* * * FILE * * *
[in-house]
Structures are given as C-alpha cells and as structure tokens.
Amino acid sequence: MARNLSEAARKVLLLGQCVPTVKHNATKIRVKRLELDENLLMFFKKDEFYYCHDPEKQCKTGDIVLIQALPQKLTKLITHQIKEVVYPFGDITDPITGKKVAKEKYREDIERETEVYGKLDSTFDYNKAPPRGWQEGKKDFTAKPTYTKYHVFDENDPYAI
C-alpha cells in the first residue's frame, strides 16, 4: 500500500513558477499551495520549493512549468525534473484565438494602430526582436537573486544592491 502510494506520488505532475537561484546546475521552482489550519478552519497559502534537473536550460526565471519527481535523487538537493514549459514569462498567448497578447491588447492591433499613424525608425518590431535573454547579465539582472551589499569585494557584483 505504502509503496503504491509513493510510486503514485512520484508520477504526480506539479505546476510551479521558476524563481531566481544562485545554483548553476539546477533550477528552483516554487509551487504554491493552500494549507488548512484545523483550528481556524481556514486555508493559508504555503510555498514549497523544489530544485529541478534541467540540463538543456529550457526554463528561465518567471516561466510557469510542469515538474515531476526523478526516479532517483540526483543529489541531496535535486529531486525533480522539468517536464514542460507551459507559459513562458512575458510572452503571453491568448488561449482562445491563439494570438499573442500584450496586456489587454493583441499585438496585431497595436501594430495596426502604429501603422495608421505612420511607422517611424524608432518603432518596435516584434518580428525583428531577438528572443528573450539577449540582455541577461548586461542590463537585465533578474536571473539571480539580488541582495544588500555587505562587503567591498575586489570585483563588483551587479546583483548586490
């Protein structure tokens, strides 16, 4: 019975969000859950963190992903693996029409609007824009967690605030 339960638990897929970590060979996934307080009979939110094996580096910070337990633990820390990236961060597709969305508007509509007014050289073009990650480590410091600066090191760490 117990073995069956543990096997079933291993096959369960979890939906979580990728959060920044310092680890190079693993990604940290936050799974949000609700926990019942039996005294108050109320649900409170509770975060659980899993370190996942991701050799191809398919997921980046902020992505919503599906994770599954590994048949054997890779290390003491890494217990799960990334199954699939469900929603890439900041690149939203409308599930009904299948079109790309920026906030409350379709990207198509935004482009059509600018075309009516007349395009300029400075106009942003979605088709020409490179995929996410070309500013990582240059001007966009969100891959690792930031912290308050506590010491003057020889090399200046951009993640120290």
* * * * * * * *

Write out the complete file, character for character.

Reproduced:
[in-house]
Structures are given as C-alpha cells and as structure tokens.
Amino acid sequence: MARNLSEAARKVLLLGQCVPTVKHNATKIRVKRLELDENLLMFFKKDEFYYCHDPEKQCKTGDIVLIQALPQKLTKLITHQIKEVVYPFGDITDPITGKKVAKEKYREDIERETEVYGKLDSTFDYNKAPPRGWQEGKKDFTAKPTYTKYHVFDENDPYAI
C-alpha cells in the first residue's frame, strides 16, 4: 500500500513558477499551495520549493512549468525534473484565438494602430526582436537573486544592491 502510494506520488505532475537561484546546475521552482489550519478552519497559502534537473536550460526565471519527481535523487538537493514549459514569462498567448497578447491588447492591433499613424525608425518590431535573454547579465539582472551589499569585494557584483 505504502509503496503504491509513493510510486503514485512520484508520477504526480506539479505546476510551479521558476524563481531566481544562485545554483548553476539546477533550477528552483516554487509551487504554491493552500494549507488548512484545523483550528481556524481556514486555508493559508504555503510555498514549497523544489530544485529541478534541467540540463538543456529550457526554463528561465518567471516561466510557469510542469515538474515531476526523478526516479532517483540526483543529489541531496535535486529531486525533480522539468517536464514542460507551459507559459513562458512575458510572452503571453491568448488561449482562445491563439494570438499573442500584450496586456489587454493583441499585438496585431497595436501594430495596426502604429501603422495608421505612420511607422517611424524608432518603432518596435516584434518580428525583428531577438528572443528573450539577449540582455541577461548586461542590463537585465533578474536571473539571480539580488541582495544588500555587505562587503567591498575586489570585483563588483551587479546583483548586490
């Protein structure tokens, strides 16, 4: 019975969000859950963190992903693996029409609007824009967690605030 339960638990897929970590060979996934307080009979939110094996580096910070337990633990820390990236961060597709969305508007509509007014050289073009990650480590410091600066090191760490 117990073995069956543990096997079933291993096959369960979890939906979580990728959060920044310092680890190079693993990604940290936050799974949000609700926990019942039996005294108050109320649900409170509770975060659980899993370190996942991701050799191809398919997921980046902020992505919503599906994770599954590994048949054997890779290390003491890494217990799960990334199954699939469900929603890439900041690149939203409308599930009904299948079109790309920026906030409350379709990207198509935004482009059509600018075309009516007349395009300029400075106009942003979605088709020409490179995929996410070309500013990582240059001007966009969100891959690792930031912290308050506590010491003057020889090399200046951009993640120290």